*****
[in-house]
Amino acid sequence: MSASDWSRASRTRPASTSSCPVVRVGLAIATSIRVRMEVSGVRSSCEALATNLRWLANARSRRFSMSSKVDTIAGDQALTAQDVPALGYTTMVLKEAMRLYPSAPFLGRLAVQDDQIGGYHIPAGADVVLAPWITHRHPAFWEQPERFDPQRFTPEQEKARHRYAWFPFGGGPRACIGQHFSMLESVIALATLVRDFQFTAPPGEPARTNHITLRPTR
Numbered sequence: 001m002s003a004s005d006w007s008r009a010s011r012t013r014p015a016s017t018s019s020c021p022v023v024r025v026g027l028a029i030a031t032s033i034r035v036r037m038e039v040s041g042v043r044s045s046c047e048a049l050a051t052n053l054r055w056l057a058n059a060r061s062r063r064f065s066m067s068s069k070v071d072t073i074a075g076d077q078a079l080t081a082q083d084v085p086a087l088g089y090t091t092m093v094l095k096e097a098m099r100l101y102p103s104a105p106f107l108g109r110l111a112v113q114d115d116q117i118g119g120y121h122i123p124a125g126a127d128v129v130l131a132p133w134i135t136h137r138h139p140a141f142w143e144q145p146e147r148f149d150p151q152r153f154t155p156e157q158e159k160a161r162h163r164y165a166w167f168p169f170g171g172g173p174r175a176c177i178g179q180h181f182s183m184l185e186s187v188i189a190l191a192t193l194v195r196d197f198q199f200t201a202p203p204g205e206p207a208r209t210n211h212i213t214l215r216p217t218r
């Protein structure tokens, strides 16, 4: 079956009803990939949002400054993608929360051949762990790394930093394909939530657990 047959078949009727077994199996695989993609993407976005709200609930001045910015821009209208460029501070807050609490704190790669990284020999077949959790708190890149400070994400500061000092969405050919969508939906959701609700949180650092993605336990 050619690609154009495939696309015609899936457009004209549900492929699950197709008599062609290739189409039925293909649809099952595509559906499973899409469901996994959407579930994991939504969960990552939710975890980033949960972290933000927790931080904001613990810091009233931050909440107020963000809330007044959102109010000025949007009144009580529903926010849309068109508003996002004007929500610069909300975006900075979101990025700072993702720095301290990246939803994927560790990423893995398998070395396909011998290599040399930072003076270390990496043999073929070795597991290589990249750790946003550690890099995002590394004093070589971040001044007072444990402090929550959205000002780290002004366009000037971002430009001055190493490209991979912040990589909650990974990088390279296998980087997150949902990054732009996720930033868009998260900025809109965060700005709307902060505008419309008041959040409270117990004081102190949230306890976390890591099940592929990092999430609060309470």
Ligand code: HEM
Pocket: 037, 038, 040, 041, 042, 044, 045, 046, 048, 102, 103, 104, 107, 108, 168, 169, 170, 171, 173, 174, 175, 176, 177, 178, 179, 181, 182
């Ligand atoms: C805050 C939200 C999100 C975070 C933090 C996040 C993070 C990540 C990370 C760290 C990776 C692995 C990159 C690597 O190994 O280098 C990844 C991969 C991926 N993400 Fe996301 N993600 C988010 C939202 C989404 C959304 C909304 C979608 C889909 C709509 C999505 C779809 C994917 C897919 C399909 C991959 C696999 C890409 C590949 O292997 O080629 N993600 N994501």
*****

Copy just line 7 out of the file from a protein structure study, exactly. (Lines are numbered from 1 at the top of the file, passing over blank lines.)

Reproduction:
């Ligand atoms: C805050 C939200 C999100 C975070 C933090 C996040 C993070 C990540 C990370 C760290 C990776 C692995 C990159 C690597 O190994 O280098 C990844 C991969 C991926 N993400 Fe996301 N993600 C988010 C939202 C989404 C959304 C909304 C979608 C889909 C709509 C999505 C779809 C994917 C897919 C399909 C991959 C696999 C890409 C590949 O292997 O080629 N993600 N994501």